Why didn't I take him to the doctor? I had health insurance through the university I attended, which ended when I graduated (a little over a month after Reed was born). We were in the process of getting private health insurance coverage, but I didn't realize how long that would take, so we were currently not covered. I didn't want to go uninsured to the doctor if there wasn't really a problem. Sometimes Reed ate just fine. Why didn't I see a lactation consultant? I thought about it, I really did. I even called, but it happened to be after hours. Honestly, I didn't know if I was making a big deal out of nothing, since I was a first-time mom and didn't know what to expect. I didn't want to take him in for no reason.

Finally, we got insurance coverage and I took Reed to the doctor just after he turned two months old. And I found out that I had reason to be worried. Reed, who was born at 7 lbs., 9 oz., was only 8 lbs., 13 oz. at two months old. In other words, he was failure to thrive. Can I pause for just a moment to vent about the term "failure to thrive"? Seriously, whoever coined that term must not have children. Because when you tell a mother her baby is failure to thrive, that mom feels like the worst mother to have ever lived. Ever. Especially when she has no idea that there was a problem. (Stepping off my soapbox.) Anyway, the doctor suggested I start supplementing with formula and gave me his daughter's number, who happened to be a La Leche League consultant.

I talked to his daughter that night and, though she gave me good advice, nothing she told me to try really helped. That night I also gave Reed his first bottle. The formula can with it's proclamation that formula is not as good as breast milk felt like a personal attack. "Yes, formula company, I know that what I'm feeding my baby is sub-par. Please stop reminding me." And then Reed drank so fast it was as if he'd never been offered food before. Which, of course, made me feel even worse.  Thereafter, I would offer Reed the breast and, if he didn't eat well, give him a bottle. He usually took about 2-3 bottles a day. And guess what? After one week, we went in for a weight check and Reed weighed 9 lbs., 13 oz. A full pound increase in just one week.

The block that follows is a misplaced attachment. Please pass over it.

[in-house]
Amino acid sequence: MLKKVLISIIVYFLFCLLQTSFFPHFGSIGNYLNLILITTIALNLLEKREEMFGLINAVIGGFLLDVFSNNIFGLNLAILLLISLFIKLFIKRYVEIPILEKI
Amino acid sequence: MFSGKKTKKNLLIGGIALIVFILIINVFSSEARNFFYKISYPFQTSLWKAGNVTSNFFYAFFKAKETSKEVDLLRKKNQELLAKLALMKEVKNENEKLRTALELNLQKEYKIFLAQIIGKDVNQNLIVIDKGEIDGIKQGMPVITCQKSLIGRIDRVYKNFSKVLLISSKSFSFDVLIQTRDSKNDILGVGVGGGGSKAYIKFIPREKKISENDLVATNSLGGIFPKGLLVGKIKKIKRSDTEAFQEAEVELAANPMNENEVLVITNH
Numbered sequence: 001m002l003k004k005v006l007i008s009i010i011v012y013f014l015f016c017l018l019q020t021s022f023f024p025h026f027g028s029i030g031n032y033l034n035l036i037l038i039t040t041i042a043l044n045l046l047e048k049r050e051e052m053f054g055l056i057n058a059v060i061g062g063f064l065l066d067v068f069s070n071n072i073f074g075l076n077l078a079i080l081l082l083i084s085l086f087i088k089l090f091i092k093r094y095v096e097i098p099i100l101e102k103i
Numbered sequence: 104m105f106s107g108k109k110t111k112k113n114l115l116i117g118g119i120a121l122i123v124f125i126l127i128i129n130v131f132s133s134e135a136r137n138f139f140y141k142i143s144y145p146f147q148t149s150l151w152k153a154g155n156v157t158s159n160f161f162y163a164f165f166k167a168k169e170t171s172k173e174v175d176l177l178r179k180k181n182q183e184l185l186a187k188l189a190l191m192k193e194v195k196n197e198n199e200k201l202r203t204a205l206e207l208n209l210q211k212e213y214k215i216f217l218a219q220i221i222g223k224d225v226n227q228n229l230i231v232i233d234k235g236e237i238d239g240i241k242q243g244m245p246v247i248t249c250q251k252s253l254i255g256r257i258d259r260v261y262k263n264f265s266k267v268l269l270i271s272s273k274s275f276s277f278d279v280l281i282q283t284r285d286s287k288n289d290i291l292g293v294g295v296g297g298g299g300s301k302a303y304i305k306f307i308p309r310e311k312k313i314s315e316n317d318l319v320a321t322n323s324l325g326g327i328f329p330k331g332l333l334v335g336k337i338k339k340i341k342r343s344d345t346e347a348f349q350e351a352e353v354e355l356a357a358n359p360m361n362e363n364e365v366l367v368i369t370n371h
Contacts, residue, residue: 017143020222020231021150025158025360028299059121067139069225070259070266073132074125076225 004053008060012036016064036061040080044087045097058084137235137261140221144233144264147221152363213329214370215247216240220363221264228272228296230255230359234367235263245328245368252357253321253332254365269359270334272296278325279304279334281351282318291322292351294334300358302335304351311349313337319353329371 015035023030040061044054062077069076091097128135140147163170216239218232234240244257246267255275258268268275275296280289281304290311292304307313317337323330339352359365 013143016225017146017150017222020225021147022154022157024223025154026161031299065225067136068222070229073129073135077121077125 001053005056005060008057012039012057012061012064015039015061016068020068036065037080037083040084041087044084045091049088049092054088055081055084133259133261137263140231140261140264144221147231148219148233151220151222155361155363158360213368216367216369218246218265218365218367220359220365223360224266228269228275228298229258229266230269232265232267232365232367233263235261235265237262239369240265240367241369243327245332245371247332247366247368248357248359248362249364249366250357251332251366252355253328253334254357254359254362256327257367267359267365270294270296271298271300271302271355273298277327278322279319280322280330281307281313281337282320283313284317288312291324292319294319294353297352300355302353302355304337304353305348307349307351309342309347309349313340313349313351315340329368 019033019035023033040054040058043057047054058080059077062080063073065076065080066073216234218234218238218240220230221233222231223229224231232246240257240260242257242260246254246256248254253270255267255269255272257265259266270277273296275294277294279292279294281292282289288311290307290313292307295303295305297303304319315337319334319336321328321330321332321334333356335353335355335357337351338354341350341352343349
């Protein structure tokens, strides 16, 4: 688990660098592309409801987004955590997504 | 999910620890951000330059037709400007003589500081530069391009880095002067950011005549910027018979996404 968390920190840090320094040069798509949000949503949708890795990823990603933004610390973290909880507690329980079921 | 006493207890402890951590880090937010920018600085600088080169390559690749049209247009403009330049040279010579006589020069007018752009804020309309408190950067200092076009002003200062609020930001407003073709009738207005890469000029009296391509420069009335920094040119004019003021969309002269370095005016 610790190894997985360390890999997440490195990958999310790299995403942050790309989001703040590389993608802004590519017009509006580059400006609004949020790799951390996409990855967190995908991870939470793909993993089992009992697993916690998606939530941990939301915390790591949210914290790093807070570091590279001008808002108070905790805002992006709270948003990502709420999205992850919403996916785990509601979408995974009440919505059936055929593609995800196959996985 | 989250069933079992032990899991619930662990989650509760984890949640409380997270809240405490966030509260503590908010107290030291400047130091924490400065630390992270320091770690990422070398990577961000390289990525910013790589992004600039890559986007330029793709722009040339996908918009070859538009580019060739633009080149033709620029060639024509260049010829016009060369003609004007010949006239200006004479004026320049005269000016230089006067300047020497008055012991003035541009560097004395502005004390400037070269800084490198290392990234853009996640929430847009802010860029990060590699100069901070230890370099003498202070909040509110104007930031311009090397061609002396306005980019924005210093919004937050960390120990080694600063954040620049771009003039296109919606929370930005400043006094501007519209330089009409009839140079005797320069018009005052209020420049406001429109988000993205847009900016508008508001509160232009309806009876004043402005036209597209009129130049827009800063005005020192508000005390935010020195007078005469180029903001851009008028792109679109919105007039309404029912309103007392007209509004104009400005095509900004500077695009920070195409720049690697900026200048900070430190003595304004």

We continued supplementing and, over time, Reed stopped being willing to even attempt breastfeeding. And the whole situation had been so emotionally draining that I stopped really trying. My feelings of guilt concerning Reed being failure to thrive far outweighed my feelings of guilt concerning not breastfeeding. So Reed became an exclusively formula-fed baby right around four months. And at his four month mark, he weighed 13 lbs., 15 1/2 oz.--well within normal range.

Honestly, I'm still coming to terms with the guilt I've felt about the entire situation. Writing this post was difficult, because I can see now how many mistakes I made and how the situation could have been prevented. But I have also realized that I'm not a bad mom, and I was doing the best I knew how to do. And, because of Reed being failure to thrive, I will forever value formula and bottles because they gave him what I couldn't--the calories he needed. Bottles and formula are not bad and formula-fed babies aren't inherently at a disadvantage--because my Reeder? He's as smart and clever and creative as they come.

(Asher's story to come in Part 2.)